Karl-Erik Tallmo on 13 Nov 2000 14:10:09 -0000

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[Nettime-bold] Re: <nettime> until the text becomes ' produces ' the left sidewith us see...

wade tillett wrote:

>I was wondering how much text degrades as it is put into a translator. As
>an experiment, I have entered this text into babelfish and had it
>translate from french to english and from english to french until the text
>becomes 'stable.' Let's see...

Nice idea, Wade! I did something similar a couple of years ago, translating
the famous opening lines of Finnegans wake into French and German and back
into English, ending up with the oddly distorted phrasing "riverrun, after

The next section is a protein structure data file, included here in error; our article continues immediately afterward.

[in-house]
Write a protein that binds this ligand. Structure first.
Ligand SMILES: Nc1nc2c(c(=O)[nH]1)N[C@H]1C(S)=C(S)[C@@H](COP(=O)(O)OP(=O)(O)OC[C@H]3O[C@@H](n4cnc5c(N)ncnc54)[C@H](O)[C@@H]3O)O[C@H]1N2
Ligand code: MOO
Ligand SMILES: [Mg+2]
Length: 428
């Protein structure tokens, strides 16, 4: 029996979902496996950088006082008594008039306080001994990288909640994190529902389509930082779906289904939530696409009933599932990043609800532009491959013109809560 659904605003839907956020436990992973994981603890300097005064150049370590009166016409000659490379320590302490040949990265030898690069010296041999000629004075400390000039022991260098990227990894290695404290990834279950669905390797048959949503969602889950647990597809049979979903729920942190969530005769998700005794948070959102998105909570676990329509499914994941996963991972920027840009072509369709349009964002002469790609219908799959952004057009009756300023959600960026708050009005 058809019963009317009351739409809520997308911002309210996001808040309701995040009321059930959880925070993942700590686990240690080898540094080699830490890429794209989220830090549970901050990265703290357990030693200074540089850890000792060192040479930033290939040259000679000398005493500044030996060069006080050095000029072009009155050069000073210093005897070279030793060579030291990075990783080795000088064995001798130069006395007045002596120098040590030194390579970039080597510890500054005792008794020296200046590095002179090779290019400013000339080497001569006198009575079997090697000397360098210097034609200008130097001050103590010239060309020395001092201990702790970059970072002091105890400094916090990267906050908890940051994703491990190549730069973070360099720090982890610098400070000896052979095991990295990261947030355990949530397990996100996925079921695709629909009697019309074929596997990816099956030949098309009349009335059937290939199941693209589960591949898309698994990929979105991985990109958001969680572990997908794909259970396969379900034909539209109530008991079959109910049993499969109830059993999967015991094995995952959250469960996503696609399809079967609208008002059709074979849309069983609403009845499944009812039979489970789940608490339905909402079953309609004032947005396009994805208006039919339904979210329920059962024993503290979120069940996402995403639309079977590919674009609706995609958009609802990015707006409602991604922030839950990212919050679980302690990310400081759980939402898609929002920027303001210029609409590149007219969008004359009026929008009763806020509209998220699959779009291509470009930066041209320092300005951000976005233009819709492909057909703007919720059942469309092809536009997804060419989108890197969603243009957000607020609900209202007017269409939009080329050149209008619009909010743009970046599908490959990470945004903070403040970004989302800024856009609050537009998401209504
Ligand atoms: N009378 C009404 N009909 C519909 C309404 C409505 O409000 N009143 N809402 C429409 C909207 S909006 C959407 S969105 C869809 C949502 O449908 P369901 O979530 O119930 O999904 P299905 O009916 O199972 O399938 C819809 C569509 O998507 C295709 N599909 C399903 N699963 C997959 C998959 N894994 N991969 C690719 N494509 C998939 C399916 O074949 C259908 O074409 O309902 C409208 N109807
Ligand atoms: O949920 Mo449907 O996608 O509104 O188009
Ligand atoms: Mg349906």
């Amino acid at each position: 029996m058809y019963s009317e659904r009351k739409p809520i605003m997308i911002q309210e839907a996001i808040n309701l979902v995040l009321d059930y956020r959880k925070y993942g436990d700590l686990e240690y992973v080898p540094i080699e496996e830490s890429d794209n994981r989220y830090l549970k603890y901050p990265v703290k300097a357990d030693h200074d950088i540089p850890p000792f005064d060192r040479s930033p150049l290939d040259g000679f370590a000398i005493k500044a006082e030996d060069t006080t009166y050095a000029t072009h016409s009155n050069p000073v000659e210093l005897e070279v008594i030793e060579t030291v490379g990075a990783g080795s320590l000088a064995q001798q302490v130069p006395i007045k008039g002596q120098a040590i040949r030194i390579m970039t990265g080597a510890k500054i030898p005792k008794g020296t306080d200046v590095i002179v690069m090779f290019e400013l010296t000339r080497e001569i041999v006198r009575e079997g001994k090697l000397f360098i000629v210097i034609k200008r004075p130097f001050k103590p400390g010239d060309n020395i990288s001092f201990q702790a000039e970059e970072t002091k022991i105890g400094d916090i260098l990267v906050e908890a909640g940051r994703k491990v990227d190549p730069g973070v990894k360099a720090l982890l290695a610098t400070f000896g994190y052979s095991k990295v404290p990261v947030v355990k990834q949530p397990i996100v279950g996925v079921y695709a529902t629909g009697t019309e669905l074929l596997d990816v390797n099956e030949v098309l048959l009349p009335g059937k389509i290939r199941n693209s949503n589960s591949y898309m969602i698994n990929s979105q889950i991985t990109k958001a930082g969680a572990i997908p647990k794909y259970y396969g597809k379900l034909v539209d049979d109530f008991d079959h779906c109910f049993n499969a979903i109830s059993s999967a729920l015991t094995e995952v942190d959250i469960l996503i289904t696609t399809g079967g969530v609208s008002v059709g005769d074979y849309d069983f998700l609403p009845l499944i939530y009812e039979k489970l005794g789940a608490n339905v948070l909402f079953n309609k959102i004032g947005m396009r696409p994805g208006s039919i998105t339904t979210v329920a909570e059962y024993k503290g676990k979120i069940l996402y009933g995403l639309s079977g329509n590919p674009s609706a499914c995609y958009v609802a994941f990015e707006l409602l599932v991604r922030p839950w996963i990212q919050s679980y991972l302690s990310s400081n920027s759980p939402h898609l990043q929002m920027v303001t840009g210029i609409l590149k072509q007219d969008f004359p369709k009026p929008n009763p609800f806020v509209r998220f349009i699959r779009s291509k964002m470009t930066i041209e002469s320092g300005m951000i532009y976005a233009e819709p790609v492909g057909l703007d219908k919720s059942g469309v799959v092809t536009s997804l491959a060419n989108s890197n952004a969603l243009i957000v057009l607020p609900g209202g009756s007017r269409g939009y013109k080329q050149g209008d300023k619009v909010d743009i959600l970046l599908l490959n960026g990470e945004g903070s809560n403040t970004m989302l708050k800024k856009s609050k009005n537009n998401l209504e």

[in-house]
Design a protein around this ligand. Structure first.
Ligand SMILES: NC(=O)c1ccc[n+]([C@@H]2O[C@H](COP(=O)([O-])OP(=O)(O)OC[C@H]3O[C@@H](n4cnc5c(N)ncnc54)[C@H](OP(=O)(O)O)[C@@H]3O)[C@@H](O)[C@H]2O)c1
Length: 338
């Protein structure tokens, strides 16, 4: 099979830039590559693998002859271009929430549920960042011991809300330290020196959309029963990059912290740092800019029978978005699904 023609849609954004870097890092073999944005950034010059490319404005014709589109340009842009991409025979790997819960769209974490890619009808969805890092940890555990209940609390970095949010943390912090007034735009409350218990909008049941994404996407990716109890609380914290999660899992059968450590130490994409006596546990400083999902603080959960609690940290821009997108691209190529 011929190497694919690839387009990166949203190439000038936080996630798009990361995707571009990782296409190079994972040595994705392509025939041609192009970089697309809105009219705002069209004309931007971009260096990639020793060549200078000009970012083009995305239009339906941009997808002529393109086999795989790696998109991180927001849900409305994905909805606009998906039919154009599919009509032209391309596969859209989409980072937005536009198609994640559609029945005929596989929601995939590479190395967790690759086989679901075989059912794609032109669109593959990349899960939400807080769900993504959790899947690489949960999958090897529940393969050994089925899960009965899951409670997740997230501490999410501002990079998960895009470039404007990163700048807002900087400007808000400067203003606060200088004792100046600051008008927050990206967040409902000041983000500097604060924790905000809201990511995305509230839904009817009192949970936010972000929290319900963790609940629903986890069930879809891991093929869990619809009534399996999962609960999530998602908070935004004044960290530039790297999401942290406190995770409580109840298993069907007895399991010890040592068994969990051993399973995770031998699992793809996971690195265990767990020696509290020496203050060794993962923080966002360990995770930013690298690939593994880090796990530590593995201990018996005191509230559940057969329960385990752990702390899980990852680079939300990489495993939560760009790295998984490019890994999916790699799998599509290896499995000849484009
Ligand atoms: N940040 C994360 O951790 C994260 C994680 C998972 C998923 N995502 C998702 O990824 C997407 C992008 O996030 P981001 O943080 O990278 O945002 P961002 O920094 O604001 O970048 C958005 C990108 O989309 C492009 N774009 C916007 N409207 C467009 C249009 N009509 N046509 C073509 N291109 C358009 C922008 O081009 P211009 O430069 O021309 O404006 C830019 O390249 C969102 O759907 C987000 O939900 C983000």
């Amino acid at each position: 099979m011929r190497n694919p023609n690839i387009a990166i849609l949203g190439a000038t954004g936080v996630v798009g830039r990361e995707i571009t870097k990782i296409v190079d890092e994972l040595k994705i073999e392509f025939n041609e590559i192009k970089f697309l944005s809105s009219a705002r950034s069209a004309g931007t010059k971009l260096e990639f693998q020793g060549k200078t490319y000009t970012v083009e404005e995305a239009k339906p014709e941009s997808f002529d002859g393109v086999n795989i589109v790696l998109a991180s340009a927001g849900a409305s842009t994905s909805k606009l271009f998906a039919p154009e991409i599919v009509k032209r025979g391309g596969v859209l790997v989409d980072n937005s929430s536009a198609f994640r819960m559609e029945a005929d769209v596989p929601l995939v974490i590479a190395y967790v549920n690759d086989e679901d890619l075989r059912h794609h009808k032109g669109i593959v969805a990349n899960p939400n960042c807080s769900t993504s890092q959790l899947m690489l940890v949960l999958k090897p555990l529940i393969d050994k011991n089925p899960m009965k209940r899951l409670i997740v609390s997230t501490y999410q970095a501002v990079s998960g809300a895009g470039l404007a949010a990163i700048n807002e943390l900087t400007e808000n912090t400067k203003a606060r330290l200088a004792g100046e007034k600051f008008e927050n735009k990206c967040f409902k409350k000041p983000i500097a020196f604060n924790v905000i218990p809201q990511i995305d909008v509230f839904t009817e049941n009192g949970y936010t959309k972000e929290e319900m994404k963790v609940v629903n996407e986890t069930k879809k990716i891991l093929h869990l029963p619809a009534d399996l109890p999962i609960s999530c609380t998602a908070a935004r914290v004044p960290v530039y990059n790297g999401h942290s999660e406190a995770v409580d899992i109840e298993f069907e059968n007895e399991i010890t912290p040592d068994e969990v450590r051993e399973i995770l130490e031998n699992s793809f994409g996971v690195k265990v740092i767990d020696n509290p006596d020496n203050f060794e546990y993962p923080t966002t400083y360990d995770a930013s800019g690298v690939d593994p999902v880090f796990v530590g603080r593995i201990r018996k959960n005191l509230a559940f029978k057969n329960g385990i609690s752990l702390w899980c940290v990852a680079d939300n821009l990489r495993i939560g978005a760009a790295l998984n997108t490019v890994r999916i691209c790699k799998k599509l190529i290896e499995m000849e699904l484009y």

the day before and to the Adam's, the version bank for the curve of the
drawer", see http://art-bin.com/art/ababele.html ...

Coming back from a linguistic tour like that brings to mind the Bradbury
story where a guy travels back to palŠozoic or Jurrassic times,
accidentally steps on a butterfly, and back again finds signs and posters
oddly misspelt.

I guess the idea to translate back and forth until the pendulum stops,
makes us end up in a sort of interlinguistic state. Or at least it could be
such a thing, if machine translators were really able to parse and not
relied as much on word and phrase dictionaries. In the future, maybe we
will have a sort of blank language for machines that is not shaped into any
natural human language until somebody demands an output. Then, and only
then, will it become, English, Spanish, German or Tagalog - spoken or

Karl-Erik Tallmo


   KARL-ERIK TALLMO, Swedish writer, lecturer,
   and expert on new media. Phone +46 (0)708 24 44 13

   Articles and lectures at http://www.nisus.se/archive
   "From Gorgias to Gore": http://www.nisus.se/gorgias

   Editor of THE ART BIN at http://art-bin.com
   Five year anniversary: Max Klinger - Teleteaching 1899 ...

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